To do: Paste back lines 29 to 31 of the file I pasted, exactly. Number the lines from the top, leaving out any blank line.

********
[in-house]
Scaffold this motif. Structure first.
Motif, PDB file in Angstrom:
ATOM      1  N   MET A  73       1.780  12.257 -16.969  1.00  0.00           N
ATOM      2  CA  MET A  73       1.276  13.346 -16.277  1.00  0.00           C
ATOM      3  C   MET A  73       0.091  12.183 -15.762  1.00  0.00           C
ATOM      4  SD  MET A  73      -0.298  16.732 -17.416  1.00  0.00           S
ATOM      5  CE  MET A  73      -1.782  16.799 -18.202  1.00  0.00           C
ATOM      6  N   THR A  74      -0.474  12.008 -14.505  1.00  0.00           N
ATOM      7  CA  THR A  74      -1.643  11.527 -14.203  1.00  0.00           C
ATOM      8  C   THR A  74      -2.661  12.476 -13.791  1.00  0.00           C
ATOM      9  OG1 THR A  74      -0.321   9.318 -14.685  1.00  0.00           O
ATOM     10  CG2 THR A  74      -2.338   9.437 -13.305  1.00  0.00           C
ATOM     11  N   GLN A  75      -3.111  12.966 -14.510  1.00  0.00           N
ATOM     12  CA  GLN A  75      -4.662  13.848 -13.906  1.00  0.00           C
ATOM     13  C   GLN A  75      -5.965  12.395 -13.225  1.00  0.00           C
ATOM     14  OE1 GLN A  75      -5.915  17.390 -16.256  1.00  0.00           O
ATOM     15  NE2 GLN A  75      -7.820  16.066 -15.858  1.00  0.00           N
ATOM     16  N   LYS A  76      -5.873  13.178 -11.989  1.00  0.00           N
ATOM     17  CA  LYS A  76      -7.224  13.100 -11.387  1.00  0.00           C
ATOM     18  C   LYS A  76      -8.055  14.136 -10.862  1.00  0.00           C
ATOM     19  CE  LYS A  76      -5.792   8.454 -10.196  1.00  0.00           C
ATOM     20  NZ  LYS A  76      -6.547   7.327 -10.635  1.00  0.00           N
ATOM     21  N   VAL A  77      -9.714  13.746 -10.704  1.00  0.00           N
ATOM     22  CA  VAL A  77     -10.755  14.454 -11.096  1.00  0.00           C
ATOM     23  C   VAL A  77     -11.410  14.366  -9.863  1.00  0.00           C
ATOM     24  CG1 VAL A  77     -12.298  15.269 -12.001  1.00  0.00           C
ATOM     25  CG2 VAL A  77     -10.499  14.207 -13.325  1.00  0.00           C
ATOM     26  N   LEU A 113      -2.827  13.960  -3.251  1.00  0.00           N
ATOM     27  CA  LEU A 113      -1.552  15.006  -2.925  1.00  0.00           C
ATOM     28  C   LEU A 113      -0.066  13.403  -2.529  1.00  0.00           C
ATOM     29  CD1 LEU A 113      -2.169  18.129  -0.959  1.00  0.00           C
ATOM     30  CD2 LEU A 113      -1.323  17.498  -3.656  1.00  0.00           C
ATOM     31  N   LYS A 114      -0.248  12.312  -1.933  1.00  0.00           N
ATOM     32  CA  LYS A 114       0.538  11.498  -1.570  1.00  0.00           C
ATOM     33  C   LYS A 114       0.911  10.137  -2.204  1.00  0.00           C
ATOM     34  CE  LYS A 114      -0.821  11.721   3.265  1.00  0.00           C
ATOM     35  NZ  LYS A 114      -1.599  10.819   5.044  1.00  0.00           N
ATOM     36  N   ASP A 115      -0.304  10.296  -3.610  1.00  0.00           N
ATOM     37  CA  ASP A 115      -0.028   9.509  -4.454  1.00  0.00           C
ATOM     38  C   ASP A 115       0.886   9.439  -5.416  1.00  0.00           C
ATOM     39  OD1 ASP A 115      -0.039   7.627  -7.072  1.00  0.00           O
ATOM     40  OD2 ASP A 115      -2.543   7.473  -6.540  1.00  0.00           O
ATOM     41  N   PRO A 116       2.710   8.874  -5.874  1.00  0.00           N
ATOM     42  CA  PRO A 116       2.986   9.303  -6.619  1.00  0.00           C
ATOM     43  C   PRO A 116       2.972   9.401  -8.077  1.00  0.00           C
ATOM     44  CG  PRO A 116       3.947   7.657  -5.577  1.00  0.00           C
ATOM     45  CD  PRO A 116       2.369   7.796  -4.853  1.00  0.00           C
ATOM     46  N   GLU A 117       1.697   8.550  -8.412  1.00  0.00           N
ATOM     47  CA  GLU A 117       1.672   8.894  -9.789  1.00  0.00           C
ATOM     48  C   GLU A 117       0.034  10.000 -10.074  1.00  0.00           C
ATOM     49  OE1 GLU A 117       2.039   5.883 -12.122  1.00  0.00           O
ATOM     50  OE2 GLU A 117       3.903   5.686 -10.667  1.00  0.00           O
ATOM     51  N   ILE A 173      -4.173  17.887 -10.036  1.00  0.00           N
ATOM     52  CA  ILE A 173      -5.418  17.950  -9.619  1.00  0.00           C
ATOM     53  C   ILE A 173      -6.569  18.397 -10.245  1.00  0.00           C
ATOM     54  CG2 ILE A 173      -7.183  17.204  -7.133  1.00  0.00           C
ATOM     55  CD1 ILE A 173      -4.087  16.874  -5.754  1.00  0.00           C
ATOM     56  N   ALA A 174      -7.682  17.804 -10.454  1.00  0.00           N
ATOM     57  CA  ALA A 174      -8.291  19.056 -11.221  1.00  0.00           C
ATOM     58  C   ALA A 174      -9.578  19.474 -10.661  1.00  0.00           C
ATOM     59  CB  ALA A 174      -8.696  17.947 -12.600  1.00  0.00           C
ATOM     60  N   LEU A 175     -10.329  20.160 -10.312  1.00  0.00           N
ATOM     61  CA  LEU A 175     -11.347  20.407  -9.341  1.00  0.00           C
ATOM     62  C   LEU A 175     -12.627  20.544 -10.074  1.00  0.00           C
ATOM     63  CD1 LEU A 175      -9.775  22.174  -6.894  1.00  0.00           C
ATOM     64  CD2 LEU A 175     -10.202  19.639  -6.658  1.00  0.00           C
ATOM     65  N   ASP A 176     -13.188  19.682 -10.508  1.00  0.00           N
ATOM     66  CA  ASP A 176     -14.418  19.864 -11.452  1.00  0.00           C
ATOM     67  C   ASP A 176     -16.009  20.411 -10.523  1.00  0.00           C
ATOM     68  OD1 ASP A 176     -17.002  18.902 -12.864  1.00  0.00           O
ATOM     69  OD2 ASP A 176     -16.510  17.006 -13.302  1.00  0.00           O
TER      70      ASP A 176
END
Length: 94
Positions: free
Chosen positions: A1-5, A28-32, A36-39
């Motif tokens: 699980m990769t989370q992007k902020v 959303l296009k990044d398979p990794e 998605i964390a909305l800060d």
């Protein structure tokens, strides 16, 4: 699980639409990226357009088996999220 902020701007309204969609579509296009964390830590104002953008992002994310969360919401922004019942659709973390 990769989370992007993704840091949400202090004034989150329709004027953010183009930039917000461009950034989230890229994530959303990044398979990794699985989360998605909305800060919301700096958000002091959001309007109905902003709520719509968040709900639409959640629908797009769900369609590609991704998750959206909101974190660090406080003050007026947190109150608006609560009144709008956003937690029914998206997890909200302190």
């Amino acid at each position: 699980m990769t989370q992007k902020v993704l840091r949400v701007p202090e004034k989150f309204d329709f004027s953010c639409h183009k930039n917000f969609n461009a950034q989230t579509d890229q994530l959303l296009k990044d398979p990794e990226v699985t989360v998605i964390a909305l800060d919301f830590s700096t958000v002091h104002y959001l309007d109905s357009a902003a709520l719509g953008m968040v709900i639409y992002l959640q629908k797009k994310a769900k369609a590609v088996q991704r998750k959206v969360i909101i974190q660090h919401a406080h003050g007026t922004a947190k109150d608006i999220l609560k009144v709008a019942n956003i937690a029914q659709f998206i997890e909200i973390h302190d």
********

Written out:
ATOM     26  N   LEU A 113      -2.827  13.960  -3.251  1.00  0.00           N
ATOM     27  CA  LEU A 113      -1.552  15.006  -2.925  1.00  0.00           C
ATOM     28  C   LEU A 113      -0.066  13.403  -2.529  1.00  0.00           C